IMCA publishes Code of Practice for the use of High Pressure Jetting Equipment by Divers

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Underwater high pressure water jetting equipment is used by fully submerged divers for cleaning, or cutting, purposes. Effective and safe operation of this equipment, and of its associated surface support equipment, is covered in the latest publication from the International Marine Contractors Association (IMCA) – ‘Code of Practice for the use of High Pressure Jetting Equipment by Divers’.

“The code of practices is also intended to apply to diver controlled jetting operations on, or near, the surface where there can be a risk, though contract with the water jet stream or flying debris, of traumatic injury to others working in the vicinity – either in the water, on a platform or facility, or at an adjacent diving system,” explains IMCA’s Technical Director, Jane Bugler.”High pressure water jetting, as covered by this guidance, relates to all water jetting, including the use of abrasive additives, where there is an energy input to increase the pressure applied to water.”

The newly published code of practice (IMCA D 049) supersedes AODC 049 (initially published in 1988), which is now withdrawn. The revised code has been produced by IMCA through the Safety, Medical, Technical & Training (SMTT) Committee of its Diving Division Management Committee as part of a phased review of AODC guidance notes and subsequent re-issue as IMCA guidance.

“Some of the changes in this revision deal with new equipment which has been introduced to dive sites, particularly ultra high pressure jetting equipment,” adds Jane Bugler.”However, the information provided in all sections of the document has been updated and expanded. There is a new section too dealing with the avoidance of accidents to divers engaged in underwater HP jetting operations. Two relevant IMCA safety flashes have also been identified and included as new appendices.”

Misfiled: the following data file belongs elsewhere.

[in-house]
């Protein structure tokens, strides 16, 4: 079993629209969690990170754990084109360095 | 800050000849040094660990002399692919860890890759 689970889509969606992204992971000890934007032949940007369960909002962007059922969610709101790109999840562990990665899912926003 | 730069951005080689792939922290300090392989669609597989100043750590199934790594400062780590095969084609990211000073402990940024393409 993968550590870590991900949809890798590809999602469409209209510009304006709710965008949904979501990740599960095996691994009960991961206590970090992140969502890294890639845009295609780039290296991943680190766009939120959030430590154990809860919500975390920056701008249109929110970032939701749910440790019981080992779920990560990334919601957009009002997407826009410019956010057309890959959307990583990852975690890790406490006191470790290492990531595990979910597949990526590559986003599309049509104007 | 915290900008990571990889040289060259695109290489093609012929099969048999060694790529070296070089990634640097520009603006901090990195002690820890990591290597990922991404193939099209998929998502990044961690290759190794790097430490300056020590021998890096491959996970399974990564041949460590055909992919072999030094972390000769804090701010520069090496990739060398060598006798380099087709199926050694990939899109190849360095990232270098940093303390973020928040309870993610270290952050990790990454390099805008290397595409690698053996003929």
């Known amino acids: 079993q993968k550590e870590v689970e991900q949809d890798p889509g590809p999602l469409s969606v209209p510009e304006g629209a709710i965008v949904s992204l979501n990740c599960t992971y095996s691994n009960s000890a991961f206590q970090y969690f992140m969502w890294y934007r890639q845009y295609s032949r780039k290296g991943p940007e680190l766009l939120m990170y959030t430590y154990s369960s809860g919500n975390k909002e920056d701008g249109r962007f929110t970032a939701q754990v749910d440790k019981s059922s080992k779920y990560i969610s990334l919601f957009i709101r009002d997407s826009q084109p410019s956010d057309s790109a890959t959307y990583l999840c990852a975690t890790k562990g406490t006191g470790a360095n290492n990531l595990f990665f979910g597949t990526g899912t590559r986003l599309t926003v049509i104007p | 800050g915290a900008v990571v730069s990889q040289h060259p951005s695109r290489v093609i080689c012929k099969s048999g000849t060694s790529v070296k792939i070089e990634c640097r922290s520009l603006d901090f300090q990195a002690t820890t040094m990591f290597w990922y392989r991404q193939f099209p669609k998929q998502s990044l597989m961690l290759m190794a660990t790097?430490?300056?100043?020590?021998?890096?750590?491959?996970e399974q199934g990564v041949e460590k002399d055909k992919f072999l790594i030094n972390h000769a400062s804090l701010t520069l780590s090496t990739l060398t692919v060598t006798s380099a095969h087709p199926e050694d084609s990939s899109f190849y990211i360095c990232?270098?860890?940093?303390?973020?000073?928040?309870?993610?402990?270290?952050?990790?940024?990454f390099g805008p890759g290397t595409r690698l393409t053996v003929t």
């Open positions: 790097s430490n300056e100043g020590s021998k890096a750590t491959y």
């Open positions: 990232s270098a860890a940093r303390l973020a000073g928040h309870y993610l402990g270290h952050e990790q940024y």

Sections of the 24-page document are devoted to equipment, protection of personnel, operational procedures, avoidance of accidents as well as definitions and references. In addition to the two safety flashes, the appendices include Diving Medical Advisory Committee recommendations, advice to attending medics or doctors, and a list of useful contacts.

The document is available on the IMCA website for free downloading by members and non-members alike, with printed copies available from publications@imca-int.com at £5.00 for members and £10.00 from non-members (plus 20% for delivery outside Europe).

Notes to Editors

IMCA is an international association with well over 900 members in 60 countries, as at May 2013, representing offshore, marine and underwater engineering companies. IMCA has four technical divisions, covering marine/specialist vessel operations, offshore diving, hydrographic survey and remote systems and ROVs, plus geographic sections for the Asia-Pacific, South America, Europe & Africa, Middle East & India and Central & North America regions. As well as a core focus on safety, the environment, competence and training. IMCA seeks to promote its members’ common interests, to resolve industry-wide issues and to provide an authoritative voice for its members.

IMCA publishes some 200 guidance notes and technical reports. These have been developed over the years and are widely distributed. They are a definition of what IMCA stands for, including widely recognised diving and ROV codes of practice, DP documentation, marine good practice guidance, the Common Marine Inspection Document, safety recommendation, outline training syllabi and the IMCA competence scheme guidance. In addition to the range of printed guidance documents, IMCA also produces safety promotional materials, circulates information notes and safety flashes.

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